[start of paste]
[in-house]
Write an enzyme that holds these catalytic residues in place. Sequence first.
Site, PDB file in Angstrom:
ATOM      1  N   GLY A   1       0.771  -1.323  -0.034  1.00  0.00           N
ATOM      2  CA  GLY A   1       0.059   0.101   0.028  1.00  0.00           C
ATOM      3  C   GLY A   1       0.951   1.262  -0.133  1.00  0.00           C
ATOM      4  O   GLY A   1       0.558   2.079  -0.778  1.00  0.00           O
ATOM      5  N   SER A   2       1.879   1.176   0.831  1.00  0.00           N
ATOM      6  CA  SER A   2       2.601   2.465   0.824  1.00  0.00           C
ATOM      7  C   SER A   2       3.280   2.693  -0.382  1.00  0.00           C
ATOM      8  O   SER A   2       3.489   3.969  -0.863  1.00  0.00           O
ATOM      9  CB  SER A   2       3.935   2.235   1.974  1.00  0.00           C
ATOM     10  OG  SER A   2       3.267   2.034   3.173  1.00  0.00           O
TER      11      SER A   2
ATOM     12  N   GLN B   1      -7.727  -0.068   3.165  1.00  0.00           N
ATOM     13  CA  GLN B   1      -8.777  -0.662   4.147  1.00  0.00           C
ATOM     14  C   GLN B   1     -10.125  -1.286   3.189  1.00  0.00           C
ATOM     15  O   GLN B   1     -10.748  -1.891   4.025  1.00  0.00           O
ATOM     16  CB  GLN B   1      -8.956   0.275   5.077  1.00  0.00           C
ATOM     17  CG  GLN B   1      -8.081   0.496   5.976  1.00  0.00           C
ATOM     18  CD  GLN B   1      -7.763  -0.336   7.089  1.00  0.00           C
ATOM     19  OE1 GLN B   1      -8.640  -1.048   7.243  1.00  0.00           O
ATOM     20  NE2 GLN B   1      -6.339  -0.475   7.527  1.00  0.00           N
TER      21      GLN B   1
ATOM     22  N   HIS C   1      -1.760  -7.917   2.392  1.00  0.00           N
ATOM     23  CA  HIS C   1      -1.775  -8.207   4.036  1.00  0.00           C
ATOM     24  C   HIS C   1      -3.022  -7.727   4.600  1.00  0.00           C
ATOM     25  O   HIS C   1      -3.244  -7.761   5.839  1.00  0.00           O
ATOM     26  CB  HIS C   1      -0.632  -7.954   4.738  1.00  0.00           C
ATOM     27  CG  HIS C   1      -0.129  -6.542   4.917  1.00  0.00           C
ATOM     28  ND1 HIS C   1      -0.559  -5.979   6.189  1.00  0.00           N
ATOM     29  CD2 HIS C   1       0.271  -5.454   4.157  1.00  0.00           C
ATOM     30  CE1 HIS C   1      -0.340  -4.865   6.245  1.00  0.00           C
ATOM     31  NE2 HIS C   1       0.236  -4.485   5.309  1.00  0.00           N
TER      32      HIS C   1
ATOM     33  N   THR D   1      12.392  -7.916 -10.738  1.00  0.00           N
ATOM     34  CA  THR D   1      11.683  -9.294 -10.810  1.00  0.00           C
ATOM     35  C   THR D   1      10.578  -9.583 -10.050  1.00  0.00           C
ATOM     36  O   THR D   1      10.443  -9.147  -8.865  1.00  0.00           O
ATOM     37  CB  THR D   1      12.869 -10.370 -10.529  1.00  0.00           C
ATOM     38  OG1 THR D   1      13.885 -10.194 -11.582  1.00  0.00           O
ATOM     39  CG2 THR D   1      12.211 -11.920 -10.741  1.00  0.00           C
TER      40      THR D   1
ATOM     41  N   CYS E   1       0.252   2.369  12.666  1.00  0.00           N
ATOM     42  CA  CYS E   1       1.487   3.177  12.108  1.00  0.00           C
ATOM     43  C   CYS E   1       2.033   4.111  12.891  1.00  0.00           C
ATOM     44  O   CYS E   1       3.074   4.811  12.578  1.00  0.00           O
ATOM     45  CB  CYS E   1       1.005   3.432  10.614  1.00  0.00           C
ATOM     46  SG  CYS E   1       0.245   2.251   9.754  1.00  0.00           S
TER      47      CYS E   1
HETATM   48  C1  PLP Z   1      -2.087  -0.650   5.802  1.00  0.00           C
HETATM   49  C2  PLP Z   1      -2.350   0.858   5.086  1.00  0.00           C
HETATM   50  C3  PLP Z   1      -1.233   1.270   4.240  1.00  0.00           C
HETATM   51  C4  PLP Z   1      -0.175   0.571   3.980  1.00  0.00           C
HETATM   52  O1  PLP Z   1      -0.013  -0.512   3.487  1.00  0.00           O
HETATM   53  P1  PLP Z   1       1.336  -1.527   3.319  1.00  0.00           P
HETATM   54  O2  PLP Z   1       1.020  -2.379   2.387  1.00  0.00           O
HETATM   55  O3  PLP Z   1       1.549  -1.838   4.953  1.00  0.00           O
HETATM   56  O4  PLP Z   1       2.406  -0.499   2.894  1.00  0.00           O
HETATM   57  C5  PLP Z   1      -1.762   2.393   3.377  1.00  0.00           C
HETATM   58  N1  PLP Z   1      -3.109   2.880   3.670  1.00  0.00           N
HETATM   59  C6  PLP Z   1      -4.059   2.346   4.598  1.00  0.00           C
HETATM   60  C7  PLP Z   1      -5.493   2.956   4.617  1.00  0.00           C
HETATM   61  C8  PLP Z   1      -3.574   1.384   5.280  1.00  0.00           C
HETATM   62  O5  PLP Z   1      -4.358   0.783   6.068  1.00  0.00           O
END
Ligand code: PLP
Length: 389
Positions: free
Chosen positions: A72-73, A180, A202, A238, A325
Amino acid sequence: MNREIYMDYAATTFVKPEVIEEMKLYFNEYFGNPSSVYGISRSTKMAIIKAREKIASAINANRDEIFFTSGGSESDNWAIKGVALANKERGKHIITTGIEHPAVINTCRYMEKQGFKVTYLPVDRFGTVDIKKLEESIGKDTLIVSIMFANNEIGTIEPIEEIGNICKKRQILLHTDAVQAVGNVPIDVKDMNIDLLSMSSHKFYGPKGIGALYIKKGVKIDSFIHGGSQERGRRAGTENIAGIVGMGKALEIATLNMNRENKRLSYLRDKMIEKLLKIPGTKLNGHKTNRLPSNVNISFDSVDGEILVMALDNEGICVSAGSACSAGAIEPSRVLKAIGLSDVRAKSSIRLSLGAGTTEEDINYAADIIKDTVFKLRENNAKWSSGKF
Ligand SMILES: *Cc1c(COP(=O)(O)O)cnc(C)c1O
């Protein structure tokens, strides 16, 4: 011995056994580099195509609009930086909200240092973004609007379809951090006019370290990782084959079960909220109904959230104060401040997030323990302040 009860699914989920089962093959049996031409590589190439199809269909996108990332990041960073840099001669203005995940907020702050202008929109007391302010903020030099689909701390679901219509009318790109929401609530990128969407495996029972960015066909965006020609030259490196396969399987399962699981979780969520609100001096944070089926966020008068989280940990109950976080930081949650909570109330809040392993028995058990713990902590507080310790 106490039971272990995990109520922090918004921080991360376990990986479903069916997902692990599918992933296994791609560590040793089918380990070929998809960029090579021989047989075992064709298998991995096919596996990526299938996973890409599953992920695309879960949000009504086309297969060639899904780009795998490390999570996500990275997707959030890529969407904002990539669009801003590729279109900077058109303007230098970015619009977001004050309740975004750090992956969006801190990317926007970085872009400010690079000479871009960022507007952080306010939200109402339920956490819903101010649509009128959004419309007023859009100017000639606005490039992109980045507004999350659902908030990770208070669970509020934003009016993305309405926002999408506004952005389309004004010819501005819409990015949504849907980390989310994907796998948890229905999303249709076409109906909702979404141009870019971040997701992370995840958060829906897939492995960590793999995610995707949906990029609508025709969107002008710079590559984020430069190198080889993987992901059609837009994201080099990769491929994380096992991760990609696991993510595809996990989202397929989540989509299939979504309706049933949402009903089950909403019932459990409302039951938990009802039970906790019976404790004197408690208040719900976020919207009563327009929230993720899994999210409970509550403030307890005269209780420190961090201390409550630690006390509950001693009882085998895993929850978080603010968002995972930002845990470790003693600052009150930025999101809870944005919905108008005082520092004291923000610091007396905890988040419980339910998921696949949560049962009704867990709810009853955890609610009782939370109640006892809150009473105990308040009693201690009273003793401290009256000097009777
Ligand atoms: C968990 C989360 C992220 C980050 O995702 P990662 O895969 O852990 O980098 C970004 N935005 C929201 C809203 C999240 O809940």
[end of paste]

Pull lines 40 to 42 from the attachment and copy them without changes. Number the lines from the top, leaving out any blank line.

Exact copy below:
ATOM     37  CB  THR D   1      12.869 -10.370 -10.529  1.00  0.00           C
ATOM     38  OG1 THR D   1      13.885 -10.194 -11.582  1.00  0.00           O
ATOM     39  CG2 THR D   1      12.211 -11.920 -10.741  1.00  0.00           C